Jacob Schindler

Even among the largest global patent owning companies, most IP executives will have plenty of experience operating in an IP function with less budget than they would like in an ideal world.

This is as true in India as it is anywhere else. A news item from yesterday illustrates a key dilemma perfectly. The country’s biggest patent filer is the Council of Scientific & Industrial Research (CSIR), a national R&D organisation with 38 member labs. Despite its central role in the innovation system it is facing significant budget shortfalls, if this latest account is to be believed. The head of one regional lab focused on cellular and molecular biology states: “The funding available this year is short by half of what is needed."

This poses a dilemma when it comes to thinking about the IP function. One approach would be to cut down on filing patents, which can contribute significantly to the cost base. You saw this line of thinking two years ago when CSIR’s head criticised “indiscriminate” patent filing and announced that member labs would have to take on a greater portion of filing costs in the future.  But it has also pushed the organisation to try to create more revenue, partly through patents. CSIR director general Girish Sahni recently said the group “earns about 25% of its budget from external sources and is strengthening its patent portfolio” – and it has managed to license out about 14% of its patents.

At today’s IPBC India conference, the head of the IP group at one of India’s biggest private-sector patent filers – Tata Consultancy Services (TCS) – described a similar dynamic when advising IP executives how to make the most of limited budgets in the opening "What success looks like" session. “Do you want to protect your current business strategy, or start to monetise in order to earn more money?” was the first question Ganapathy Narayanan suggested patent owners in that situation must answer.

TCS does not face such severe IP budget pressure, Narayanan added, for a simple reason. He estimates that about 40% of the inventions within the organisation are produced by the business units in the course of solving customers’ problems, rather than in the R&D function proper. When it is the revenue generation engines of your business that are producing a large share of patents, justifying your IP budget becomes much less of an issue. Of course, this didn’t just happen – it took a concerted effort from the IP team to identify where innovation was happening outside of the dedicated research teams.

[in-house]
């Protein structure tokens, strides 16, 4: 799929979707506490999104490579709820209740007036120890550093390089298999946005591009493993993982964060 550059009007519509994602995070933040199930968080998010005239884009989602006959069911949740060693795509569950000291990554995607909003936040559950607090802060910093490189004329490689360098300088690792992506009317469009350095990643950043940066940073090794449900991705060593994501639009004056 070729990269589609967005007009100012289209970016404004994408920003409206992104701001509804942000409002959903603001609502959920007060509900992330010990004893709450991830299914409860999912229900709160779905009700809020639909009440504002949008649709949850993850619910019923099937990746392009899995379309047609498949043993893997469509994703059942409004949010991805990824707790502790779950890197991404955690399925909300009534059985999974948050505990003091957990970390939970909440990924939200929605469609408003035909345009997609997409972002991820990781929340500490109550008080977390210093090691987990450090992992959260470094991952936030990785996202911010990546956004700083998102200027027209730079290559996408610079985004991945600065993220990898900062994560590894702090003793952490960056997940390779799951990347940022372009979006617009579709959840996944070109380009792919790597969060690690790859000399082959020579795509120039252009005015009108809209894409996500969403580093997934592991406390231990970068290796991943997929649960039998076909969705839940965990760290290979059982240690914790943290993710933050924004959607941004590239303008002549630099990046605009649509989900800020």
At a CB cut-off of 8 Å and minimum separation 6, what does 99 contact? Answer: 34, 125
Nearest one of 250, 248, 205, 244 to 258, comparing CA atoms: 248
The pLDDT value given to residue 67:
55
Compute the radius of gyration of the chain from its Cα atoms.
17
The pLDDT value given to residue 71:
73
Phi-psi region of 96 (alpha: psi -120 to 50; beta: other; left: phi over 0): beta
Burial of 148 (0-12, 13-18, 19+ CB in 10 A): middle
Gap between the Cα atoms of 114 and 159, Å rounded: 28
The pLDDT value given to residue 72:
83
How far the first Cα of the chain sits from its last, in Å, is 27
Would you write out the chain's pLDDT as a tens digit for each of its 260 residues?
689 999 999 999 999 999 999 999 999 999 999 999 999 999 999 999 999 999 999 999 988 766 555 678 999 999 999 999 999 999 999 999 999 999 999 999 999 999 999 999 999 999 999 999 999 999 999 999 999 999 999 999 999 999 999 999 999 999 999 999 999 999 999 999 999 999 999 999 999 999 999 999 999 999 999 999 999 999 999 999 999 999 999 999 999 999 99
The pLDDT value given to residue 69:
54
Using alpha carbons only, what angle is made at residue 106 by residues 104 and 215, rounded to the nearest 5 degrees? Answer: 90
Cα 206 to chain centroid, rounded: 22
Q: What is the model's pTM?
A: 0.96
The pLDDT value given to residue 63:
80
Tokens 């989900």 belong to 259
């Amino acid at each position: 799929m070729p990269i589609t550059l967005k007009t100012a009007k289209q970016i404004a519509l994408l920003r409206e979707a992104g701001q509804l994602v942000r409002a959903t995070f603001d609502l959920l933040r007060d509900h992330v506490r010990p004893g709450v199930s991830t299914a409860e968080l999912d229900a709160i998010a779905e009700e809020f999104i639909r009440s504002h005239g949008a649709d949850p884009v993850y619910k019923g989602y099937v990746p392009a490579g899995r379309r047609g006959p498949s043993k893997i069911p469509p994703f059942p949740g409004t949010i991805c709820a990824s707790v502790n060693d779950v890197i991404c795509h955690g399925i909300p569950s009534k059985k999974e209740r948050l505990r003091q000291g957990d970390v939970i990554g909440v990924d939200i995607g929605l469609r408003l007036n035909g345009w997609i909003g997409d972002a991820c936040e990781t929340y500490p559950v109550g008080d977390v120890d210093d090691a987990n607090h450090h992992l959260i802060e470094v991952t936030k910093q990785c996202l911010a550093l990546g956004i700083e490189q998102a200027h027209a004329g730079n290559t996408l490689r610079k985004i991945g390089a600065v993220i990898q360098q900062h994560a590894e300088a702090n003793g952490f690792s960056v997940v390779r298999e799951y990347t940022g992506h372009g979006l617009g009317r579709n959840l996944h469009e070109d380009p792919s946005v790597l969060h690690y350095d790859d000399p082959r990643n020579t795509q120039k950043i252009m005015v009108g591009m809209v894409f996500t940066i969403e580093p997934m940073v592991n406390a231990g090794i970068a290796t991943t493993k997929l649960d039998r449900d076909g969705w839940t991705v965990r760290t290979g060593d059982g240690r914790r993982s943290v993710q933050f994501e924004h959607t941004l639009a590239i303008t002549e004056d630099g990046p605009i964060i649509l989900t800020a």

Anindya Sircar, the former head of IP at IT giant Infosys and now a consultant, explained that it is becoming more common for Indian corporates to see IP as a potential profit centre. But it requires great feats of communication from IP function leaders. General manager Anand Bopardikar credited that as the key at Reliance Industries: “The basic strength of our in-house team is they understand the technology and articulate to the business team as a cost-value analysis.”

A point the entire group agreed on, including Intel’s Asia-Pacific patents director Guojun Zhou, is one thing they don’t do in resource-constrained situations, and that is to differentiate outlay based on what kind of patent is in question – a defensive right, a monetisable right or a strategic one.

Pruning also becomes a crucial part of patent strategy in scarce resource situations. After all, maintenance cost structures mean that you can’t continue even a flat rate of patent filings without consistent budget increases. Renewals are often the first thing to get axed in such a scenario, Sircar suggested. Zhou confirmed that for Intel, which maintains one of the world’s biggest portfolios, it is a key decision point. “Towards the end of a patent’s life, the maintenance fee is so expensive that it can be a relatively easy decision," he suggested, “but that doesn’t mean we drop everything that old”. Aside from consolations with engineers and business people, Zhou acknowledged that the renewal decision sometimes comes down to a hunch in the end – and not every decision is right.

One open question is whether increased efforts by Indian corporates to create business value from IP rights will result in those rights assuming a more prominent position on the balance sheet. Sircar, who has helped companies figure out how much patents contribute to the bottom line, said that for now, such efforts are more about internal resources. “The objective is to make next year’s budget come in smoothly,” he commented.

One of the relatively unique features of Indian patent law is the requirement to show commercial working of granted patents annually in a disclosure called Form 27. The more rigid recent enforcement of this requirement has been one of the hot topics for discussion throughout the day here in Mumbai. One positive outcome, suggested attorney Essenese Obhan, is that it does get patent owners thinking about how much value individual patent rights contribute to their businesses. “You have that information in house about how each patent is worked,” Obhan reminded IP managers. “Perhaps that can result in more tangible numbers on the balance sheet.”

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